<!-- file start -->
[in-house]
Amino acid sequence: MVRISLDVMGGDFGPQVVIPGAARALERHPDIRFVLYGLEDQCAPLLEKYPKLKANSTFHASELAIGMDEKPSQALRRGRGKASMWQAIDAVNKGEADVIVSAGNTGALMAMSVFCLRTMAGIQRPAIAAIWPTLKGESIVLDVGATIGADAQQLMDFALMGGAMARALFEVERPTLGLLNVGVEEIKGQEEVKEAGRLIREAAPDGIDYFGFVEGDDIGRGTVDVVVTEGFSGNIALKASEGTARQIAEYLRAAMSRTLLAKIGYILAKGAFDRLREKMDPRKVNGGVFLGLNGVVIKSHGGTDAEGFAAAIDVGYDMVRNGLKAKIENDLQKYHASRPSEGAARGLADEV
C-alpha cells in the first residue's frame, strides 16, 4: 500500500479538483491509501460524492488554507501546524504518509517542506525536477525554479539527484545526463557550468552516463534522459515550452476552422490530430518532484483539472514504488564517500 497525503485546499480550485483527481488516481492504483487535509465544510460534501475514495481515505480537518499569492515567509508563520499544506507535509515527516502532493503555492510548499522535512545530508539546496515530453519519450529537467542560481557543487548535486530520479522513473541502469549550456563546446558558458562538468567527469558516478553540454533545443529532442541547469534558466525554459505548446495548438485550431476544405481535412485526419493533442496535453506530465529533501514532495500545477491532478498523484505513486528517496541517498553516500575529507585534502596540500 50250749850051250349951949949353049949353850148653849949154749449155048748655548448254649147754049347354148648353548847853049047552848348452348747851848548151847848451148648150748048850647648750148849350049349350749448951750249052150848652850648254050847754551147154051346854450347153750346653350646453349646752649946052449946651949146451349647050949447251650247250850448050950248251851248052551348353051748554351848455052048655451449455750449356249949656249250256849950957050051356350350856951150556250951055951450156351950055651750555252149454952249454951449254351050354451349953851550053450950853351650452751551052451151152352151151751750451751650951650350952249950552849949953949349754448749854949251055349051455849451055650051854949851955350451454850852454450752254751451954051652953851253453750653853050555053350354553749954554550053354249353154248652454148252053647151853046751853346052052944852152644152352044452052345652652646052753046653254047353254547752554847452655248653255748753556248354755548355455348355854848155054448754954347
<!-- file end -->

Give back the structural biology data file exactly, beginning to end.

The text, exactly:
[in-house]
Amino acid sequence: MVRISLDVMGGDFGPQVVIPGAARALERHPDIRFVLYGLEDQCAPLLEKYPKLKANSTFHASELAIGMDEKPSQALRRGRGKASMWQAIDAVNKGEADVIVSAGNTGALMAMSVFCLRTMAGIQRPAIAAIWPTLKGESIVLDVGATIGADAQQLMDFALMGGAMARALFEVERPTLGLLNVGVEEIKGQEEVKEAGRLIREAAPDGIDYFGFVEGDDIGRGTVDVVVTEGFSGNIALKASEGTARQIAEYLRAAMSRTLLAKIGYILAKGAFDRLREKMDPRKVNGGVFLGLNGVVIKSHGGTDAEGFAAAIDVGYDMVRNGLKAKIENDLQKYHASRPSEGAARGLADEV
C-alpha cells in the first residue's frame, strides 16, 4: 500500500479538483491509501460524492488554507501546524504518509517542506525536477525554479539527484545526463557550468552516463534522459515550452476552422490530430518532484483539472514504488564517500 497525503485546499480550485483527481488516481492504483487535509465544510460534501475514495481515505480537518499569492515567509508563520499544506507535509515527516502532493503555492510548499522535512545530508539546496515530453519519450529537467542560481557543487548535486530520479522513473541502469549550456563546446558558458562538468567527469558516478553540454533545443529532442541547469534558466525554459505548446495548438485550431476544405481535412485526419493533442496535453506530465529533501514532495500545477491532478498523484505513486528517496541517498553516500575529507585534502596540500 50250749850051250349951949949353049949353850148653849949154749449155048748655548448254649147754049347354148648353548847853049047552848348452348747851848548151847848451148648150748048850647648750148849350049349350749448951750249052150848652850648254050847754551147154051346854450347153750346653350646453349646752649946052449946651949146451349647050949447251650247250850448050950248251851248052551348353051748554351848455052048655451449455750449356249949656249250256849950957050051356350350856951150556250951055951450156351950055651750555252149454952249454951449254351050354451349953851550053450950853351650452751551052451151152352151151751750451751650951650350952249950552849949953949349754448749854949251055349051455849451055650051854949851955350451454850852454450752254751451954051652953851253453750653853050555053350354553749954554550053354249353154248652454148252053647151853046751853346052052944852152644152352044452052345652652646052753046653254047353254547752554847452655248653255748753556248354755548355455348355854848155054448754954347